Page 530

classification involving a suspect group or a fundamental right must be supported by a compelling State interest. Cases not involving a suspect group or fundamental right need be supported only by a rational or conceivable basis. See, e.g., Commonwealth v. King, 374 Mass. 5, 21 (1977), and cases cited. While the right to travel is considered a fundamental right (see, e.g., Jones v. Helms, 452 U.S. 412, 418 [1981]), not every statute that affects the right to travel must be supported by a compelling State interest. Only those classifications that serve to penalize the exercise of that are tested on that strict scrutiny basis. See Memorial Hosp. v. Maricopa County, 415 U.S. 250, 256 (1974); Shapiro v. Thompson, 394 U.S. 618, 634 & 638 n.21 (1969). See also Milton v. Civil Serv. Comm'n, 365 Mass. 368, 371 (1974). As the Supreme Court itself has realized, however, "[t]he amount of impact [on the right to travel] required to give rise to the compelling-state-interest test was not made clear." Memorial Hosp. v. Maricopa County, supra at 256-257. See Milton v. Civil Serv. Comm'n, supra.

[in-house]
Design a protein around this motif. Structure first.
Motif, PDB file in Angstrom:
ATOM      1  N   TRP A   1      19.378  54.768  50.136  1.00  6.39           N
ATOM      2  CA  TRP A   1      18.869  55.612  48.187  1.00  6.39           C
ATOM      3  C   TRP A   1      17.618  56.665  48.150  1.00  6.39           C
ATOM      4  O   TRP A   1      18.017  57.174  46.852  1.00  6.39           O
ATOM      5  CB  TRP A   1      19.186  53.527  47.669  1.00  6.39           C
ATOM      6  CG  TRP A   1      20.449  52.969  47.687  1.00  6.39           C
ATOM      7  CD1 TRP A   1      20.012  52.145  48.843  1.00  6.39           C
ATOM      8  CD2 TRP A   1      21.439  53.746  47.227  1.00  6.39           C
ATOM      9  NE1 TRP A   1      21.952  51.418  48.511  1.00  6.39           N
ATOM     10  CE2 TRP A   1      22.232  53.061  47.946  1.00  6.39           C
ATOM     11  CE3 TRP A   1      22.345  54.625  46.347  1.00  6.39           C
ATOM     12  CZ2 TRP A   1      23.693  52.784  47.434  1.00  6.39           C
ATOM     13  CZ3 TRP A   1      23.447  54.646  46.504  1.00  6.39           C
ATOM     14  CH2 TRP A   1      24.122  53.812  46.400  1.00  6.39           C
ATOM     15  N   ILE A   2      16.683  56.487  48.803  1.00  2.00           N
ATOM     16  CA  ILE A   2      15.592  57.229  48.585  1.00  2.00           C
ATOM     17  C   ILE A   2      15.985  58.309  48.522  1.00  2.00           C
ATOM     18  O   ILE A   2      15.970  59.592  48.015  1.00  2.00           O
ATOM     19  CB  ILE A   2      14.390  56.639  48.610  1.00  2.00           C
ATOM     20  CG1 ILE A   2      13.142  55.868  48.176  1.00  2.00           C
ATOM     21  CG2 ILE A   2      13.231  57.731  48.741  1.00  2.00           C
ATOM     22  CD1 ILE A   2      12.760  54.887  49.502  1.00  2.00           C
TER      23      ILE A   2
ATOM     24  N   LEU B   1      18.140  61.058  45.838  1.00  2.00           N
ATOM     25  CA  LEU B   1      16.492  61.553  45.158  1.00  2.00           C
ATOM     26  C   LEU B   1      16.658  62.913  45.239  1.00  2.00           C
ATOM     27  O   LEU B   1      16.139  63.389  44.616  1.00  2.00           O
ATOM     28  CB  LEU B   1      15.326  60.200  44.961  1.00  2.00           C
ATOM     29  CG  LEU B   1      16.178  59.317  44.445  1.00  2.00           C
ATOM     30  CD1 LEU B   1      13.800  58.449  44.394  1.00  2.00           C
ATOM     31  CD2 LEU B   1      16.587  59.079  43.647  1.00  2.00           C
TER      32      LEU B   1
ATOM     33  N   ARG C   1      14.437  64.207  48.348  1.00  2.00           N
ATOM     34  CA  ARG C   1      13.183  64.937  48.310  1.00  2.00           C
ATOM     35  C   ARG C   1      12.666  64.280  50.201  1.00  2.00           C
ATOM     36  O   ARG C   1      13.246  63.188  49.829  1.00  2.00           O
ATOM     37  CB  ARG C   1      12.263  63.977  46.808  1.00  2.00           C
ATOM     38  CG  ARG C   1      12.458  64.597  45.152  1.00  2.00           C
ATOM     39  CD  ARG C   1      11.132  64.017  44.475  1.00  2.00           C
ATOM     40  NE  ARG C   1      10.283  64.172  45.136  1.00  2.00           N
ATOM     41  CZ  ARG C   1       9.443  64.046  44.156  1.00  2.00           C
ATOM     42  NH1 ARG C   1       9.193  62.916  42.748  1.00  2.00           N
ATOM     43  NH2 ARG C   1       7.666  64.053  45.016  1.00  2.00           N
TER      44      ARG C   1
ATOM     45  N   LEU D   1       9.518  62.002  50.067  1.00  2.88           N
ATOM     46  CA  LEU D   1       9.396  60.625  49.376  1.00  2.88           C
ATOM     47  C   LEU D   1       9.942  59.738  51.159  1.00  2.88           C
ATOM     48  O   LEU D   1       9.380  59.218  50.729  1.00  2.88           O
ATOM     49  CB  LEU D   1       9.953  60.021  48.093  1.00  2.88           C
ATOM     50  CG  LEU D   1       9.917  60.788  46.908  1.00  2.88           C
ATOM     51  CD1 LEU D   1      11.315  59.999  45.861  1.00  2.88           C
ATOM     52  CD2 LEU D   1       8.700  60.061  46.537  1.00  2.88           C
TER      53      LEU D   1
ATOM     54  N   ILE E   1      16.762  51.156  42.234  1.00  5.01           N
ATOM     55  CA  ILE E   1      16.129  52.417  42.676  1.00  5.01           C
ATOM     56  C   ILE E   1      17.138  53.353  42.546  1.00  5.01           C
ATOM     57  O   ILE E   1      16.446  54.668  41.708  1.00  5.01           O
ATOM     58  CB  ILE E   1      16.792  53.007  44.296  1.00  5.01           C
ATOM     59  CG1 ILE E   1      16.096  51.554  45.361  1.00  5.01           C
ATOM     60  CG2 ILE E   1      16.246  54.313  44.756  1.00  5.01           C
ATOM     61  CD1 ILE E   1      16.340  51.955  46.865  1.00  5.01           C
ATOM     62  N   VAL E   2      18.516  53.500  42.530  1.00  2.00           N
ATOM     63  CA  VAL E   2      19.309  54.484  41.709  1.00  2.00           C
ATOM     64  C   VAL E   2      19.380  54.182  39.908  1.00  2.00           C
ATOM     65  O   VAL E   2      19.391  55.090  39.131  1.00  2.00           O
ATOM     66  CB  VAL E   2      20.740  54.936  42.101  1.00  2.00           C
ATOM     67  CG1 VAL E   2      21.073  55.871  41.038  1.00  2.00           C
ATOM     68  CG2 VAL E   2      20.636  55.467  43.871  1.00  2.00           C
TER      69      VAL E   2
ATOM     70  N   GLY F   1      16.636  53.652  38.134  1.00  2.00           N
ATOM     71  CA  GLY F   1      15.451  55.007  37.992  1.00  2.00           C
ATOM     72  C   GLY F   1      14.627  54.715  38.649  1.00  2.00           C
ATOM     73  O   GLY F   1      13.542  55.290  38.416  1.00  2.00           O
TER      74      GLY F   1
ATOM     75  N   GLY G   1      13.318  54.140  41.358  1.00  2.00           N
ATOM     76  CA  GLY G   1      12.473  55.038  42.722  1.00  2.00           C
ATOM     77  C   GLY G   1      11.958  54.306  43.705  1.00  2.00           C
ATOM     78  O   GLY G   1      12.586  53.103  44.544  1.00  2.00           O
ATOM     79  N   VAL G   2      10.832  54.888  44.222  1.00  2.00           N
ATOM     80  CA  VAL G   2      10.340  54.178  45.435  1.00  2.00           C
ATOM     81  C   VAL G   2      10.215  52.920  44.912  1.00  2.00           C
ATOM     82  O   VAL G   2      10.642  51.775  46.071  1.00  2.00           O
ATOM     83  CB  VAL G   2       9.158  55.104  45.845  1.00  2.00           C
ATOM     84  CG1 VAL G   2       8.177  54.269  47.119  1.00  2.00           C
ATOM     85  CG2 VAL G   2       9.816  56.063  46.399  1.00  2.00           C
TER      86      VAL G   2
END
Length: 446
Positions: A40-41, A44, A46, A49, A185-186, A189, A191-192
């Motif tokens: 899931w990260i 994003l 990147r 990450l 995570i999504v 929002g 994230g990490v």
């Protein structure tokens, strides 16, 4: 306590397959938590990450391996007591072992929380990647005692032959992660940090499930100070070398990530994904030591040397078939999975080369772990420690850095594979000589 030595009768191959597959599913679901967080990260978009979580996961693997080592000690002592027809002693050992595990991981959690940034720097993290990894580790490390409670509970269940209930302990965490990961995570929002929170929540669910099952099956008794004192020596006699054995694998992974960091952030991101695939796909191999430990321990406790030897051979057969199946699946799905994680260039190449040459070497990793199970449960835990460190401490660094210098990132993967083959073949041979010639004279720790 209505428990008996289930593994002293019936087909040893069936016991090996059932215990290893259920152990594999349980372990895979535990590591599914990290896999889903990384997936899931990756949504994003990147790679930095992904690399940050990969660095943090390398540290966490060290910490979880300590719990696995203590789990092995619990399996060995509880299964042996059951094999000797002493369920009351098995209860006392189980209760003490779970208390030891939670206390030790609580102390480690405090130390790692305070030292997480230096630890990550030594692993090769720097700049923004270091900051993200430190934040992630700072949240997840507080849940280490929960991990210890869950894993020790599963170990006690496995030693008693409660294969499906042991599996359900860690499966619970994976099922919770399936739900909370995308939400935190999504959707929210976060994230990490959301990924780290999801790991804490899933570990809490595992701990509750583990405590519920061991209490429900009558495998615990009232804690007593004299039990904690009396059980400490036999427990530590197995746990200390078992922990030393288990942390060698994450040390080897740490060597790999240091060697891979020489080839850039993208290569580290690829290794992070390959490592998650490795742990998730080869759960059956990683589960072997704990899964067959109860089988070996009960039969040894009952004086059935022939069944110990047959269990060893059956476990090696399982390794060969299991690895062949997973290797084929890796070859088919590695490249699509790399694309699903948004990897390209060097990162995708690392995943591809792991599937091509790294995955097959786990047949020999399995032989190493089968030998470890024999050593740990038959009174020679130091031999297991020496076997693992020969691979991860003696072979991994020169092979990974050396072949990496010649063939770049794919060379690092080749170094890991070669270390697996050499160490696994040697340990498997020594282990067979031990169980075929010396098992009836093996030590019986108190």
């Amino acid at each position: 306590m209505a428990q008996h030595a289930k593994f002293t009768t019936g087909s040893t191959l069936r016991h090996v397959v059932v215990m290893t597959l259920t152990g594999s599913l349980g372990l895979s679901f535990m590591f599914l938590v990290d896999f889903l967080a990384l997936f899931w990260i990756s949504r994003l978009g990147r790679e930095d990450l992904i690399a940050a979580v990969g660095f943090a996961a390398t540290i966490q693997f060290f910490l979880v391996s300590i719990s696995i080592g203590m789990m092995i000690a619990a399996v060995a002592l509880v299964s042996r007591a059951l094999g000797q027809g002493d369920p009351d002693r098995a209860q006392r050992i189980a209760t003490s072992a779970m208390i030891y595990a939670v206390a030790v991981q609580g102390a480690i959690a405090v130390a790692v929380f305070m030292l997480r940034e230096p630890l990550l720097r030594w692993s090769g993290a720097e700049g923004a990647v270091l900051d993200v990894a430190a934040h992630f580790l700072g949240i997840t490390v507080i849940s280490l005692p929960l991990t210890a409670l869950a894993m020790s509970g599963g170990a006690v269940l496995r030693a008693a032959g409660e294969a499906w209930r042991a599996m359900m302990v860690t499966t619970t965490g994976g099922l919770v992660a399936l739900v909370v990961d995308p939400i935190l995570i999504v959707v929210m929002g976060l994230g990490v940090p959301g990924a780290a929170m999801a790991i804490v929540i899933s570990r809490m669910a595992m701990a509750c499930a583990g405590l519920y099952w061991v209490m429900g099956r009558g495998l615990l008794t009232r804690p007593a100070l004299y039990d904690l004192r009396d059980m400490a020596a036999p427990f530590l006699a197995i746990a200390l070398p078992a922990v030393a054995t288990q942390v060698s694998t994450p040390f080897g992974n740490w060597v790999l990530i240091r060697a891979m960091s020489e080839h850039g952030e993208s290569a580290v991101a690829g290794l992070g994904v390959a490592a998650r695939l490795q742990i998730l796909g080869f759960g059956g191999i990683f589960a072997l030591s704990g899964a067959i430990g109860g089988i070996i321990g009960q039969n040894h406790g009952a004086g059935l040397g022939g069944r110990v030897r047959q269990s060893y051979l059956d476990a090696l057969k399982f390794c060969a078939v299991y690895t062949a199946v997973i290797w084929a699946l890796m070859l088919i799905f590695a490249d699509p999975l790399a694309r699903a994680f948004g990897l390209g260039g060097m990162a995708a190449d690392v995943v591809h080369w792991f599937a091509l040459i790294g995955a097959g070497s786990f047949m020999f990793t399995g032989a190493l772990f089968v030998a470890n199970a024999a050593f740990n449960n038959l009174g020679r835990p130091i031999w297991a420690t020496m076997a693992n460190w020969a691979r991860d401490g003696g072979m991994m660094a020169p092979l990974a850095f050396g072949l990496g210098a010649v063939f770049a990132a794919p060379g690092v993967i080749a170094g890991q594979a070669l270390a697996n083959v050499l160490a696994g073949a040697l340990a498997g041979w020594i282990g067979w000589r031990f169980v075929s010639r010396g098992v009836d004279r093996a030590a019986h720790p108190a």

The determination whether a particular statute imposes a "penalty" on the right to travel includes something more than merely deciding whether the statute denies some other fundamental right or the "necessities of life." Zobel v. Williams, supra at 64 & n.11. To determine what level of scrutiny to apply, courts have generally focused on the "nature of the benefit denied." Fisher v. Reiser, 610 F.2d 629, 635 (9th Cir. 1979), cert. denied, 447 U.S. 930 (1980). Only those statutes resulting in some significant effect on the right to travel will be deemed "penalties." Examples of such "penalties" include a one-year residency requirement to receive welfare benefits (Shapiro v. Thompson, supra); a one-year residency requirement to exercise the right to vote (Dunn v. Blumstein, 405 U.S. 330 [1972]); a one-year residency requirement to receive free nonemergency medical care (Memorial Hosp. v. Maricopa County, supra); a two-year residency requirement to use the

Page 531